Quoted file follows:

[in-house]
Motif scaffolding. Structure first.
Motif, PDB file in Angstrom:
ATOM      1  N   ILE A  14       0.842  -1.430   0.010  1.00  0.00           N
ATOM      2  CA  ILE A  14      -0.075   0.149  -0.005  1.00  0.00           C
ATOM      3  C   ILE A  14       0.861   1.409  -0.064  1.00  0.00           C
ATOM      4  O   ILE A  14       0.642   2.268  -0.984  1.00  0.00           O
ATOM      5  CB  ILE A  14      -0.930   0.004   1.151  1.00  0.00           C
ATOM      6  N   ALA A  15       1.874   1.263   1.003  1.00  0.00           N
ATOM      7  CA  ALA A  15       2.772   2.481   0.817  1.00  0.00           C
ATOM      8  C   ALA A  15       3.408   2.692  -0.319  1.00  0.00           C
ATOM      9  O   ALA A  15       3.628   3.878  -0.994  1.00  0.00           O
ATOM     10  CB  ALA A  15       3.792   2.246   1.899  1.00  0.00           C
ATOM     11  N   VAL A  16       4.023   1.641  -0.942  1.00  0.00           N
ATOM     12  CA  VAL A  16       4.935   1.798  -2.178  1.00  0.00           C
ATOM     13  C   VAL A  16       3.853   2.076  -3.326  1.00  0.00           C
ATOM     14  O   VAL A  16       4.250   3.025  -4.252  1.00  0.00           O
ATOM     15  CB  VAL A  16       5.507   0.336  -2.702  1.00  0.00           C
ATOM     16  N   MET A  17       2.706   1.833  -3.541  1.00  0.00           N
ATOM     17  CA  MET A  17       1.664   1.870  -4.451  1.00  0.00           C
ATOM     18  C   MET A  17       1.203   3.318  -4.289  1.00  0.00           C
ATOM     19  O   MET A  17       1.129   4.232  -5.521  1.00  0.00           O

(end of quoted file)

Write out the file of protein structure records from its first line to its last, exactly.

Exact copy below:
[in-house]
Motif scaffolding. Structure first.
Motif, PDB file in Angstrom:
ATOM      1  N   ILE A  14       0.842  -1.430   0.010  1.00  0.00           N
ATOM      2  CA  ILE A  14      -0.075   0.149  -0.005  1.00  0.00           C
ATOM      3  C   ILE A  14       0.861   1.409  -0.064  1.00  0.00           C
ATOM      4  O   ILE A  14       0.642   2.268  -0.984  1.00  0.00           O
ATOM      5  CB  ILE A  14      -0.930   0.004   1.151  1.00  0.00           C
ATOM      6  N   ALA A  15       1.874   1.263   1.003  1.00  0.00           N
ATOM      7  CA  ALA A  15       2.772   2.481   0.817  1.00  0.00           C
ATOM      8  C   ALA A  15       3.408   2.692  -0.319  1.00  0.00           C
ATOM      9  O   ALA A  15       3.628   3.878  -0.994  1.00  0.00           O
ATOM     10  CB  ALA A  15       3.792   2.246   1.899  1.00  0.00           C
ATOM     11  N   VAL A  16       4.023   1.641  -0.942  1.00  0.00           N
ATOM     12  CA  VAL A  16       4.935   1.798  -2.178  1.00  0.00           C
ATOM     13  C   VAL A  16       3.853   2.076  -3.326  1.00  0.00           C
ATOM     14  O   VAL A  16       4.250   3.025  -4.252  1.00  0.00           O
ATOM     15  CB  VAL A  16       5.507   0.336  -2.702  1.00  0.00           C
ATOM     16  N   MET A  17       2.706   1.833  -3.541  1.00  0.00           N
ATOM     17  CA  MET A  17       1.664   1.870  -4.451  1.00  0.00           C
ATOM     18  C   MET A  17       1.203   3.318  -4.289  1.00  0.00           C
ATOM     19  O   MET A  17       1.129   4.232  -5.521  1.00  0.00           O